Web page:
Overview of the Dairy Surplus Issue--Policy Options for Congressional Consideration
RCED-85-132: Published: Sep 18, 1985. Publicly Released: Sep 18, 1985.
- Full Report:
To assist Congress in its consideration of various legislative proposals to revise dairy policies, GAO summarized its work on dairy-related issues over the last 6 years, discussed the magnitude and nature of the dairy surplus problem, and analyzed several policy options for dealing with the problem.
GAO found that government dairy product purchases and inventories have increased sharply from 1979 through 1983 and the Department of Agriculture expects this trend to continue. In addition, the nation's milk consumption has not kept pace with production, and the potential for significant increases in farm productivity is great due to technological advances. Therefore, GAO believes that, unless the government adopts policies that will reduce economic incentives attracting resources into dairy farming, burdensome surpluses of federally purchased dairy products and high government costs will likely continue. GAO analyzed nine policy options and their potential consequences in terms of six specific goals that could help ensure that an adequate supply of milk is met in an efficient manner. The goals related to automatic adjustment of price levels, accommodation of changes in production costs, maintenance of production patterns, avoidance of excessive government costs, program cost visibility, and market determination of price and farm income. GAO found that: (1) the use of a supply-demand adjuster or a moving-average price would meet five of these goals; (2) deregulation of the dairy industry would meet most of the goals but would result in substantial industry instability; (3) using a dairy parity index and placing marketing quotas would not meet three of the goals; and (4) four other options would not meet two of the goals and only partially meet from one to four other goals.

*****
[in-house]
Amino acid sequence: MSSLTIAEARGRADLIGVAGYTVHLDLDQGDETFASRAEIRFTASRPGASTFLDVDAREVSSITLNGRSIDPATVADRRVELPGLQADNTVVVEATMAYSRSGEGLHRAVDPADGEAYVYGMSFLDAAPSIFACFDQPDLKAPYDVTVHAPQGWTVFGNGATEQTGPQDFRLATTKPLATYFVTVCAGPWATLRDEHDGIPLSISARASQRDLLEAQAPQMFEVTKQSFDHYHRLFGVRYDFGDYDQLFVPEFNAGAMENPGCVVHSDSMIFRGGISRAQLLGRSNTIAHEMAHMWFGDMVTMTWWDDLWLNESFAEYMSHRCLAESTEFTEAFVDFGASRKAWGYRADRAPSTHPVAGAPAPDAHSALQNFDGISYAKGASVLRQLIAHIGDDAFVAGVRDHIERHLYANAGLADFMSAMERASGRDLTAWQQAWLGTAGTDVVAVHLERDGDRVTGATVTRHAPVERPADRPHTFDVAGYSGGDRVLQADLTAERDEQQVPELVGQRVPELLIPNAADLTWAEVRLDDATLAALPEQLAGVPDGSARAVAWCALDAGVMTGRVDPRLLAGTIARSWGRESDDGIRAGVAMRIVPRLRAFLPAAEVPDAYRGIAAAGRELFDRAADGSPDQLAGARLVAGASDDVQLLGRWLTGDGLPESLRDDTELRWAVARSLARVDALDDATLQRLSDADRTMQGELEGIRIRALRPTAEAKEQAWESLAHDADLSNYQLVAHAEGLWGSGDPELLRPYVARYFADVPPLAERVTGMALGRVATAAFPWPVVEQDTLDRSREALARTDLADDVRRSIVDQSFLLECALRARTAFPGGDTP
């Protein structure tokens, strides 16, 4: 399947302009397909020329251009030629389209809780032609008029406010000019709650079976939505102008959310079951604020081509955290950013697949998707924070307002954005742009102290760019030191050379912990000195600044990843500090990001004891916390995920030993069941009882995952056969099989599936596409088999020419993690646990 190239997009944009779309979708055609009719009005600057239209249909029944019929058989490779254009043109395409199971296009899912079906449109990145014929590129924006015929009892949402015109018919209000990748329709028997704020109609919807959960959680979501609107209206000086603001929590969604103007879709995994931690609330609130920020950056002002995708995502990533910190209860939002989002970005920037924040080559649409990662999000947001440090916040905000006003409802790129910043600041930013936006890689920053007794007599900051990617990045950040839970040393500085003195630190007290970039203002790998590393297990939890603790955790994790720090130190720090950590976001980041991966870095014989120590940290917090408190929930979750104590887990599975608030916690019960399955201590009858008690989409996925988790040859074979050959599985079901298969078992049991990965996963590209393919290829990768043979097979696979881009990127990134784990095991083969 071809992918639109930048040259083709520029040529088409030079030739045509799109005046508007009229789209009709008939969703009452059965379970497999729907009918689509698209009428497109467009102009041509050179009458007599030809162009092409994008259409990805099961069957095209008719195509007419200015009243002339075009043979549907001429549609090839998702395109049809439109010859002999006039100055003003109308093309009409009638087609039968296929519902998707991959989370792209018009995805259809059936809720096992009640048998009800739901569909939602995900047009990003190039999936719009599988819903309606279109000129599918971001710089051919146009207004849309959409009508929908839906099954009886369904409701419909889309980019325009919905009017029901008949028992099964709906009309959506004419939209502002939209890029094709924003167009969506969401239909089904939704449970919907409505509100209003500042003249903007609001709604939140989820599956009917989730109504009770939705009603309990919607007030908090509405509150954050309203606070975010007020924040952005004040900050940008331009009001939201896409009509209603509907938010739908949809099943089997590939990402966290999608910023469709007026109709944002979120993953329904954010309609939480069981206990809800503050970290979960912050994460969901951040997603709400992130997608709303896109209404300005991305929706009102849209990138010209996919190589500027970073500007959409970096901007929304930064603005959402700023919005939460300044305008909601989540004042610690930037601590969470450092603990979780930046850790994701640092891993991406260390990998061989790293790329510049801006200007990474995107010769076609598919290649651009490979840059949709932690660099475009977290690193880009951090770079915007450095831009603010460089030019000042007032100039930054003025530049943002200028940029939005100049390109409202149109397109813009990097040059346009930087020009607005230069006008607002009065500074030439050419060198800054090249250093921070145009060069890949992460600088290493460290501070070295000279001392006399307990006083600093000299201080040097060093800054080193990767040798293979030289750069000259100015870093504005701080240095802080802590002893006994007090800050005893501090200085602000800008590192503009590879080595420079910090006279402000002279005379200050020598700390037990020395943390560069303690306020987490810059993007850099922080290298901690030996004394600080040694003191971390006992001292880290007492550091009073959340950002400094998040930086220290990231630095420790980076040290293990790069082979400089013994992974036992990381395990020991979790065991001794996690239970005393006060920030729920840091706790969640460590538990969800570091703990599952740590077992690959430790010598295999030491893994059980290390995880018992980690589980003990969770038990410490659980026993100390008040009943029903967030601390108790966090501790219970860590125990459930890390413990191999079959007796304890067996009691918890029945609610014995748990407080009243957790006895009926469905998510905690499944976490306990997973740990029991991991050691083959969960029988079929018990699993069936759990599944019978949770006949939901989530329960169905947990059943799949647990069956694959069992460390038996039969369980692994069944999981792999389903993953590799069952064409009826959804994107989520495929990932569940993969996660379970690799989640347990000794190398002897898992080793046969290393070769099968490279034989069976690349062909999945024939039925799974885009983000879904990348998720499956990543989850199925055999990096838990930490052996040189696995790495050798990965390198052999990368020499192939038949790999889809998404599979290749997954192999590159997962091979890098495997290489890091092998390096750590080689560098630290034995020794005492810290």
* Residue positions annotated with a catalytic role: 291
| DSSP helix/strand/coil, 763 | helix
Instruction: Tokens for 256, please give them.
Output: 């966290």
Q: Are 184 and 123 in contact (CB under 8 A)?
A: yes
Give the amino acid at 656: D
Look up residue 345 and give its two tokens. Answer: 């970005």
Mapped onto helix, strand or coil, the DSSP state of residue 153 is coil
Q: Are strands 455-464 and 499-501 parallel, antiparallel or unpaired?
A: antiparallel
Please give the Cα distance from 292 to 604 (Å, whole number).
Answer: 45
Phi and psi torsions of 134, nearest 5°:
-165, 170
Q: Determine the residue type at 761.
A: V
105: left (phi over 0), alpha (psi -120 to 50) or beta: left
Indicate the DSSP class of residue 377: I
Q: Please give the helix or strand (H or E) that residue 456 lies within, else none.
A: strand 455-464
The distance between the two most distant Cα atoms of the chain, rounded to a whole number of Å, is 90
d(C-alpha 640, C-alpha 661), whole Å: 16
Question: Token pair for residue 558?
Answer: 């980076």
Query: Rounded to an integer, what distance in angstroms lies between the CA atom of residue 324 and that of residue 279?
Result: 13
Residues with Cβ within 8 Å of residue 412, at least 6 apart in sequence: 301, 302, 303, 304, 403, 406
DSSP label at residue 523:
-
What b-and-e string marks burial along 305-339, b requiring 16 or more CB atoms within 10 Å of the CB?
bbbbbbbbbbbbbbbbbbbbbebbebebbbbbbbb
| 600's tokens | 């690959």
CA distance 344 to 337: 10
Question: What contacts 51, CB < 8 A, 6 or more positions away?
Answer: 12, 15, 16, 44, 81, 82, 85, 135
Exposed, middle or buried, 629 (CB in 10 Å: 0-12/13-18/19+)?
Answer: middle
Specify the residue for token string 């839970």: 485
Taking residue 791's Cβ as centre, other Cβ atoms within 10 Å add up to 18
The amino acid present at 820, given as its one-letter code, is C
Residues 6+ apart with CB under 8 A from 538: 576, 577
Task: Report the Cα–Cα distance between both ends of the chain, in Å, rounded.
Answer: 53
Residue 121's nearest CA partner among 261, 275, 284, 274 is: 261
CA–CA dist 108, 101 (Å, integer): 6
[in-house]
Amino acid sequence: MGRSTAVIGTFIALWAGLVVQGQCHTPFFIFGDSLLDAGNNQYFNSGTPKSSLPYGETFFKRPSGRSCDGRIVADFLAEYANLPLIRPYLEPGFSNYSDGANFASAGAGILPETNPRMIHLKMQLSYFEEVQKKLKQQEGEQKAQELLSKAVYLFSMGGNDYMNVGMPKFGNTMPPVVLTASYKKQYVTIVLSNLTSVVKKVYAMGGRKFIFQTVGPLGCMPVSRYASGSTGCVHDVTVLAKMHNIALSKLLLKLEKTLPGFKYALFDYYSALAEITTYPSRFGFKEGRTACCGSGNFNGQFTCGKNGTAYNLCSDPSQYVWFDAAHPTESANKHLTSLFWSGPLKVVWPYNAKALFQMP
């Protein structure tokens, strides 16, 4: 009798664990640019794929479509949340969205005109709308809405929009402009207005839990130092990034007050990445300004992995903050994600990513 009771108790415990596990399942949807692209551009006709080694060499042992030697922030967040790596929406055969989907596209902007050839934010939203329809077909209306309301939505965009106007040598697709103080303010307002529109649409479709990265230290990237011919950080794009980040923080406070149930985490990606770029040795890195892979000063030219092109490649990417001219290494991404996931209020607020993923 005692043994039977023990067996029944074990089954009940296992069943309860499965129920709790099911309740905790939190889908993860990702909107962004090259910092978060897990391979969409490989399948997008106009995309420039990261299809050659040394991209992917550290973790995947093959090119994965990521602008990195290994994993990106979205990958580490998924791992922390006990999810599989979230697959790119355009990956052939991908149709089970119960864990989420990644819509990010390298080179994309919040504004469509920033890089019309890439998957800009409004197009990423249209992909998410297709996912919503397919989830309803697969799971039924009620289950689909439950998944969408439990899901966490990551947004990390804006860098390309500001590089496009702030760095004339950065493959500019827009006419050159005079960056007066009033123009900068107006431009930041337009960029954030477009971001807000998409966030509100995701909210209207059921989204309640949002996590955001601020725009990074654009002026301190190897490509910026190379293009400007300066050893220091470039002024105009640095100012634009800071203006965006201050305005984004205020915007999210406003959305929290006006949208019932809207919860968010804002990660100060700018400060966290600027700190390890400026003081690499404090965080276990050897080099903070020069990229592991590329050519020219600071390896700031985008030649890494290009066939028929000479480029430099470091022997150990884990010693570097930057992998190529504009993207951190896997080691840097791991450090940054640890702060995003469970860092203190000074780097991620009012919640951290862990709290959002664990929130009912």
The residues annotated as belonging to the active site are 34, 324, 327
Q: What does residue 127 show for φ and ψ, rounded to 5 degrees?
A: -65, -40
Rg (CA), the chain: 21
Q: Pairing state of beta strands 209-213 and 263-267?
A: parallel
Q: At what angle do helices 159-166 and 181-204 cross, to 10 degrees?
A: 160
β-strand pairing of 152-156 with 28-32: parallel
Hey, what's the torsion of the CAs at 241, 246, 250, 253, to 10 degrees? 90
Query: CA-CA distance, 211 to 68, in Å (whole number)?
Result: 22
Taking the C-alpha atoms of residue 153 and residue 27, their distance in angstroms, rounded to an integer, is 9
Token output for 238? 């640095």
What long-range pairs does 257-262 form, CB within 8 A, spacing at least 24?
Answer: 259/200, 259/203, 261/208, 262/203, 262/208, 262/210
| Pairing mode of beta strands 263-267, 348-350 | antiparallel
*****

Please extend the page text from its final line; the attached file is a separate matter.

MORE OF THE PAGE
Matter for Congressional Consideration
Status: Closed - Implemented
Comments: The Food Security Act of 1985 includes a supply-demand adjuster mechanism and a new milk diversion program.
Matter: To avoid reverting to a parity formula required by the Agricultural Act of 1949, which would result in increasing the current support price from $11.60 to $16.22 a hundredweight, legislation will be needed to revise or replace the present dairy price-support program. In deliberating on such legislation, Congress may wish to give consideration to either the supply-demand adjuster or moving-average price option.